25 Feb Maidservants’ Tales: Domestic and Comparative Histories of Women in Early Modern Japan
Amy Stanley (History, Northwestern University)
Wednesday, February 25 / 4:00 PM
In 1839, a twice-divorced temple daughter from a small village in Echigo ran away to Edo. In a letter home, she wrote that she wanted to enter a daimyo’s service and learn “the conduct and manners of the upper class.” Her brothers, scandalized, demanded that she return immediately. Instead, she made a life for herself in the capital, working a series of temporary maidservant jobs and ultimately marrying a samurai in the service of the Edo city magistrate. This talk places her story of urban migration and service work in a global context. It considers how we might find a place for Japanese women in the history of global early modernity, which tends to emphasize instances of travel and exchange at the expense of the stories of the majority of individuals (particularly women), who stayed within “national” boundaries.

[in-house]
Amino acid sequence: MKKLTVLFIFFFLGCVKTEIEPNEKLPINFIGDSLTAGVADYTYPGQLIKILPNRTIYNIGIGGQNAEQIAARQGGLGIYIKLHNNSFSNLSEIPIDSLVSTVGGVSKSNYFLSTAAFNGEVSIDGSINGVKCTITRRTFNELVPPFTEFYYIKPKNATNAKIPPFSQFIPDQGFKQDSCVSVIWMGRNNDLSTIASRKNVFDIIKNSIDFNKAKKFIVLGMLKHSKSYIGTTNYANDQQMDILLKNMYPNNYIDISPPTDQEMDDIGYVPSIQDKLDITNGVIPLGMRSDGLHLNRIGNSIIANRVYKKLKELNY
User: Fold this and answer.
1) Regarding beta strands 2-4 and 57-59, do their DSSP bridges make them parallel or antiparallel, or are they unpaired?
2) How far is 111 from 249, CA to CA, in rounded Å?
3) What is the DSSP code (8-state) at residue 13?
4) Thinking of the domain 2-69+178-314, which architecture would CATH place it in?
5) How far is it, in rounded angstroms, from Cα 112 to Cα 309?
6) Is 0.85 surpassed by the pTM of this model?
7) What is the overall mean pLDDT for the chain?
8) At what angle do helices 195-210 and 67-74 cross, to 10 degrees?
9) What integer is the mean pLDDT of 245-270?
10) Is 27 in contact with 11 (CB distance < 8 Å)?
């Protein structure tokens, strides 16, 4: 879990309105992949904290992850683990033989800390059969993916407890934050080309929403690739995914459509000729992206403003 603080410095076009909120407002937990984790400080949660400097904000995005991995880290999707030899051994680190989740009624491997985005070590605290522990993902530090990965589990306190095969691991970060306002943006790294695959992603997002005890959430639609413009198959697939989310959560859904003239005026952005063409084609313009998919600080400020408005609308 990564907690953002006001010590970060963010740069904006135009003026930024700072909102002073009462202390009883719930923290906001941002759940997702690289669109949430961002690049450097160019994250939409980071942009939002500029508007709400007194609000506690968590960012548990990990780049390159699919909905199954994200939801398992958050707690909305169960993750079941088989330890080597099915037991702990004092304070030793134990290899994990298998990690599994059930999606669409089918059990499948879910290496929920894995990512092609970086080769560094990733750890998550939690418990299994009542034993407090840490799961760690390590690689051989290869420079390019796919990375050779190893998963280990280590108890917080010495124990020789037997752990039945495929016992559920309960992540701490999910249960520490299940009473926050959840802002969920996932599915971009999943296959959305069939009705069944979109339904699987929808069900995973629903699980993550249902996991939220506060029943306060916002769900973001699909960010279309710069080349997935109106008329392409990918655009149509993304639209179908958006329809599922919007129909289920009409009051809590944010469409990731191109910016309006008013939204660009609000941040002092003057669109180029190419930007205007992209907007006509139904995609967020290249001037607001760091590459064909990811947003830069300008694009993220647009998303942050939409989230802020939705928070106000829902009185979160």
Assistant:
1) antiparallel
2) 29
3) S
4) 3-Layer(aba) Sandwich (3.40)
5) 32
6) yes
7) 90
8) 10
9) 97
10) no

Amy Stanley specializes in the history of early modern and modern Japan, with a particular interest in how common people contributed to Japan’s economic, political, and social transformation in the mid-nineteenth century. She is currently at work on a new project, which investigates a Japanese woman’s experience of urban migration, service work, and social mobility in the context of global early modernity.
Sponsored by the IHC’s Reinventing Japan RFG, the East Asia Center, the Hull Chair, the Dept. of History, the Dept. of Global Studies, the Dept. of East Asian Languages and Cultural Studies and the IHC.